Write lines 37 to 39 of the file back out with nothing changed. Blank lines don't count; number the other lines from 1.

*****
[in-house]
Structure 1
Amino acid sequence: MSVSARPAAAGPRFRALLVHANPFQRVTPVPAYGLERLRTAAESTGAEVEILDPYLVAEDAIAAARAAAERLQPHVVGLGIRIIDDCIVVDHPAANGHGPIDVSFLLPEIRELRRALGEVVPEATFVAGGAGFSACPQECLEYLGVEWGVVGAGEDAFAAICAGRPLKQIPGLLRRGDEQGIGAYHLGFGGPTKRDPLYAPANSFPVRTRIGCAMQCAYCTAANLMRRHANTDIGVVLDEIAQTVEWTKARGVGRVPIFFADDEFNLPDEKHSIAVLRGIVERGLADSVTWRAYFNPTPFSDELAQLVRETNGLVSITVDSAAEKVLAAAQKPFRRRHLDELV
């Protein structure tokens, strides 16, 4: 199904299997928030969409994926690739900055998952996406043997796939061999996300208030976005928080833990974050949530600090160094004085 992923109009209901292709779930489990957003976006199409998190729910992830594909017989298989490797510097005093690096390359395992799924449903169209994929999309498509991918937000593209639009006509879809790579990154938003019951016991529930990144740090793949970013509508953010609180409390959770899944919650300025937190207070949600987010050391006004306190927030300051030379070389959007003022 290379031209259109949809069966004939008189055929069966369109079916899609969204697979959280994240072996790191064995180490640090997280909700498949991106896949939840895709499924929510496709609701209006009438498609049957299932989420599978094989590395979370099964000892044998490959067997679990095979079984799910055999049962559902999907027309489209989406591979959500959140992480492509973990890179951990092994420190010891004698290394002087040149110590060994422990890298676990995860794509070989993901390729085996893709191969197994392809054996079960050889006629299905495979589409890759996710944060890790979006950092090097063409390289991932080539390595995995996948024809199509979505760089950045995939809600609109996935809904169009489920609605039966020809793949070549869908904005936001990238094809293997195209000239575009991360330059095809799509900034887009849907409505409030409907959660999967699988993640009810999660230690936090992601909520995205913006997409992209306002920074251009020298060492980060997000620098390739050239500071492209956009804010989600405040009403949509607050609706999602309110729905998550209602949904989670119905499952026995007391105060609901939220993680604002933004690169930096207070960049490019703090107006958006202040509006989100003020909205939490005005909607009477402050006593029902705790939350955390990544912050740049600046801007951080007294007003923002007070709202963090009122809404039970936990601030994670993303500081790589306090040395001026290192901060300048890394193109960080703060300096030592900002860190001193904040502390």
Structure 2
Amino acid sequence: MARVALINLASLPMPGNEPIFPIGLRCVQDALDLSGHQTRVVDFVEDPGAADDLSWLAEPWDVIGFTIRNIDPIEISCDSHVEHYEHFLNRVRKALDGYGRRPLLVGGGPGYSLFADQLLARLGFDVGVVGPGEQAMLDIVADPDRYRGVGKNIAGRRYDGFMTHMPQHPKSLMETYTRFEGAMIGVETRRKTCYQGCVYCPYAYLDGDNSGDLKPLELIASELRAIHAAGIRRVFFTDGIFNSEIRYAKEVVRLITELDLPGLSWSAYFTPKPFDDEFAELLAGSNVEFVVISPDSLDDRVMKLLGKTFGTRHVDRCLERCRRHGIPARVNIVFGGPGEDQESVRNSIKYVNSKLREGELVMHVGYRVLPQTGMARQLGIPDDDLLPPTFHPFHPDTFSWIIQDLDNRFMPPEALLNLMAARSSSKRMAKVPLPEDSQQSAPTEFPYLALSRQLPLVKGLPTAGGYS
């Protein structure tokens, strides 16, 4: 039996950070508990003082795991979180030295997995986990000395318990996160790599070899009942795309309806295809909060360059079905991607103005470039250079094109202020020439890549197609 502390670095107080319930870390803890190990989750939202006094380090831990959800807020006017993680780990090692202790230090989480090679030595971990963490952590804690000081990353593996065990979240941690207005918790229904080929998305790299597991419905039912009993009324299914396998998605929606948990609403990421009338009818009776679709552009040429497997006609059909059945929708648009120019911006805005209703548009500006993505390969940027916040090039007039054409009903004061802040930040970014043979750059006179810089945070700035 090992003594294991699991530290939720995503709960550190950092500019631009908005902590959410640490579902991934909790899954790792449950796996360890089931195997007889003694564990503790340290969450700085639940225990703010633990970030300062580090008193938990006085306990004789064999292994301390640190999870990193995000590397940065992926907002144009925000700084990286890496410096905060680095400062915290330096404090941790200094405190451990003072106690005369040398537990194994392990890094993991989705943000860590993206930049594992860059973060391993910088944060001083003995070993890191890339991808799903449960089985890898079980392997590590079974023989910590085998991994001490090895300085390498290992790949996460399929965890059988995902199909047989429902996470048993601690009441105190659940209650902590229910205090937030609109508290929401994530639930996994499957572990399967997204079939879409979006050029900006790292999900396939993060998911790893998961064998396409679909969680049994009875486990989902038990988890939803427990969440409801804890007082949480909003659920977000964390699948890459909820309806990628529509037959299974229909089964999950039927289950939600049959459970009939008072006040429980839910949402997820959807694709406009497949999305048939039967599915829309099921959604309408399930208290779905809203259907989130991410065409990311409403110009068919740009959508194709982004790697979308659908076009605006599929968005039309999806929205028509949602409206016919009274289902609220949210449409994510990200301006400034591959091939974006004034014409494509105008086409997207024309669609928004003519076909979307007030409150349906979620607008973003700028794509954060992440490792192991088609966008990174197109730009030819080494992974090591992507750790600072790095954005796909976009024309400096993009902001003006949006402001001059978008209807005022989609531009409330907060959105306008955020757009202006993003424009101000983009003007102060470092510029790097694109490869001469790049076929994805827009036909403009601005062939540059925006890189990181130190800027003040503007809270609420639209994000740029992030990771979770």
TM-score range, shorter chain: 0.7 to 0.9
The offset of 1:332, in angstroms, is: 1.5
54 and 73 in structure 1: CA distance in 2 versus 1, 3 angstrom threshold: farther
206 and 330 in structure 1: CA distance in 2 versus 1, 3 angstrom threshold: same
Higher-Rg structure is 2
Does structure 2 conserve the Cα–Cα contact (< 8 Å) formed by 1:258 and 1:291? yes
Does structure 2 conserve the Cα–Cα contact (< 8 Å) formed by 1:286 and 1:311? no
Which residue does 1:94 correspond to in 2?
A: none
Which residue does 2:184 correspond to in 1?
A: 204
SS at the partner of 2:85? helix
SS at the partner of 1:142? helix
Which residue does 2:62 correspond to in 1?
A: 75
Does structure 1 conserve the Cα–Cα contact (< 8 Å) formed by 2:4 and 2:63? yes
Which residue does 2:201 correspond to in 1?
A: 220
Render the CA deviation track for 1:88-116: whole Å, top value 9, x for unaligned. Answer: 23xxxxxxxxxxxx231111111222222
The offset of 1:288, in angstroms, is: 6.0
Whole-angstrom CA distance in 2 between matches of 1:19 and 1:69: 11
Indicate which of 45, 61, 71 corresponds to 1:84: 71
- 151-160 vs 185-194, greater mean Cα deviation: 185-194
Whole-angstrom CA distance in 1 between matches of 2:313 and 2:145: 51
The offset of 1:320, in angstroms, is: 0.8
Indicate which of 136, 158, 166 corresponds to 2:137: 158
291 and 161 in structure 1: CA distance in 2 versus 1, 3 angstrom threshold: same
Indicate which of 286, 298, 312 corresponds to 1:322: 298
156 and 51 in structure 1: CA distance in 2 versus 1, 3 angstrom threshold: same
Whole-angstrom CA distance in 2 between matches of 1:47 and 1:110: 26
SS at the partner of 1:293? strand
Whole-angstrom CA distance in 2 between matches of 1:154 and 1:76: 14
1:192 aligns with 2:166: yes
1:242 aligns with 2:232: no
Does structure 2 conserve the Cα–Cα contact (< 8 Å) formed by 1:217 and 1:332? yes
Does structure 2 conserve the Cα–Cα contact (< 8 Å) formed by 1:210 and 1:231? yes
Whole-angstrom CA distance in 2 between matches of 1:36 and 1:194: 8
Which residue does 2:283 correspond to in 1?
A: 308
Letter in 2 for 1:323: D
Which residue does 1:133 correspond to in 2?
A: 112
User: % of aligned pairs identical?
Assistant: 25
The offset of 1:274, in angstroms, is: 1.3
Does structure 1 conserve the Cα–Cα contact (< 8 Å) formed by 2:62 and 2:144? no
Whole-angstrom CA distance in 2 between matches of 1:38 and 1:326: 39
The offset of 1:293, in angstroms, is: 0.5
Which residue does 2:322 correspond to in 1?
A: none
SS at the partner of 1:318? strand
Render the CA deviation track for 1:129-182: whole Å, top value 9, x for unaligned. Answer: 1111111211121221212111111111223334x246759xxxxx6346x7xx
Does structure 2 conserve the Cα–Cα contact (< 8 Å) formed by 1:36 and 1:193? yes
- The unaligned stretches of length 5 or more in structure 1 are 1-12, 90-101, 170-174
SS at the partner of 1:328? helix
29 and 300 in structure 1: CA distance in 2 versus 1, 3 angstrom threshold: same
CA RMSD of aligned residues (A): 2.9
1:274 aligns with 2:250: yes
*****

Whole-angstrom CA distance in 2 between matches of 1:47 and 1:110: 26
SS at the partner of 1:293? strand
Whole-angstrom CA distance in 2 between matches of 1:154 and 1:76: 14